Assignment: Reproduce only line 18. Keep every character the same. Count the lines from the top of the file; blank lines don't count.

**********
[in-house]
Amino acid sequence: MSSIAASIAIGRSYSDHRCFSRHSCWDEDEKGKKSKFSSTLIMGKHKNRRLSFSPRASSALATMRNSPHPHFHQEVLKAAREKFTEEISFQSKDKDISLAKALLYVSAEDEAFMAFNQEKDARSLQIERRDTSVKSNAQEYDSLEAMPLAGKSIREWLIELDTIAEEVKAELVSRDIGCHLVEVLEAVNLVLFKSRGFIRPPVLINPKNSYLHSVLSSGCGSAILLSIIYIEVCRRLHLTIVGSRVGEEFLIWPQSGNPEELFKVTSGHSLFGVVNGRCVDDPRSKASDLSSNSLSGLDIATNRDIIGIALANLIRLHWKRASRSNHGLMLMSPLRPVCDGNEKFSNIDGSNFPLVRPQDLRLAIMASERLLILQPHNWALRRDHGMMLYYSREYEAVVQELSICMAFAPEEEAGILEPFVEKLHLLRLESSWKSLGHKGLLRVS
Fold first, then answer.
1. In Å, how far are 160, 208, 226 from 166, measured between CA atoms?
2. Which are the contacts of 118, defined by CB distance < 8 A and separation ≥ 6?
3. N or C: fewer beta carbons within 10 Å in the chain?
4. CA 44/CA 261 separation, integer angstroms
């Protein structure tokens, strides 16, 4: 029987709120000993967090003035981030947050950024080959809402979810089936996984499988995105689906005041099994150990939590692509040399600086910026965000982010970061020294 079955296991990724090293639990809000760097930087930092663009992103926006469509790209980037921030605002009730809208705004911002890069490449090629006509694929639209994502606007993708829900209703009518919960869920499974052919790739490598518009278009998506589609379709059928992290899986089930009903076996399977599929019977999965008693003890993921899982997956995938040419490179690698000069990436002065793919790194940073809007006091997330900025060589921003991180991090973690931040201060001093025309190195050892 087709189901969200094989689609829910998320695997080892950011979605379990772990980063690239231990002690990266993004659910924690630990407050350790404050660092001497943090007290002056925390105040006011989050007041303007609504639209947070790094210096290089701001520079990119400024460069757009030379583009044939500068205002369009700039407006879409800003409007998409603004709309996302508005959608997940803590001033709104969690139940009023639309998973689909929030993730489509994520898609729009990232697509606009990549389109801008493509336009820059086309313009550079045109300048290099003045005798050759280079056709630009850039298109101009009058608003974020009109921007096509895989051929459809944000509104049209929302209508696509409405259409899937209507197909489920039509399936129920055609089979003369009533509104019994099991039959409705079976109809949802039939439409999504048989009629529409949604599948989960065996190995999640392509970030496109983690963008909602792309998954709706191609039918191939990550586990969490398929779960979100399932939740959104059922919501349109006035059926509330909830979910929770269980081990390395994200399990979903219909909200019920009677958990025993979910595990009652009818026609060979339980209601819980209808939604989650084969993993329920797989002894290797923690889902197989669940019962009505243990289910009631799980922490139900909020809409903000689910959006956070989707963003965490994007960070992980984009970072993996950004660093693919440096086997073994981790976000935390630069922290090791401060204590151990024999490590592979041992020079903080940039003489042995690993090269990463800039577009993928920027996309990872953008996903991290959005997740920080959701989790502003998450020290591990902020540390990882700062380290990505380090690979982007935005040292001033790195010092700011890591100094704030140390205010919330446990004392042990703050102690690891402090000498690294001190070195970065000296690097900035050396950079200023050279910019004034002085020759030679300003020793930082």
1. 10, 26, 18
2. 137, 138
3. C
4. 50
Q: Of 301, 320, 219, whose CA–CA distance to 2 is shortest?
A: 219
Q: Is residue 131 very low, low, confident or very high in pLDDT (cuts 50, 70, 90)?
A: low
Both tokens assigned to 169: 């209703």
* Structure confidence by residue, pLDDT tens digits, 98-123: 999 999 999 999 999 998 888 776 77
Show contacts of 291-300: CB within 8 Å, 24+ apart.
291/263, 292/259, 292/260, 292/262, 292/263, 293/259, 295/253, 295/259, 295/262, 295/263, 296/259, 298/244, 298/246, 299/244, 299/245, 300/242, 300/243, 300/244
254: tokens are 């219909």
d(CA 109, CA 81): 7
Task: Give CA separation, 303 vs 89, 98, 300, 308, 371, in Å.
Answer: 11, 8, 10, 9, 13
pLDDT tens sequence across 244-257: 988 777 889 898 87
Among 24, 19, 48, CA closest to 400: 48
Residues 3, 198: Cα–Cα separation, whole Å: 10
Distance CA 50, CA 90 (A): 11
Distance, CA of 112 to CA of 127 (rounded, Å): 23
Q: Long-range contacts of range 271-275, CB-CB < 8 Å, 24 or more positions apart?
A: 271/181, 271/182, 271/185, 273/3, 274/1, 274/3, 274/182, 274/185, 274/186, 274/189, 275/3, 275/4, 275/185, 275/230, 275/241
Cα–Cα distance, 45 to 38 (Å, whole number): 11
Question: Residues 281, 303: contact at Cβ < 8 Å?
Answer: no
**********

* Structure confidence by residue, pLDDT tens digits, 98-123: 999 999 999 999 999 998 888 776 77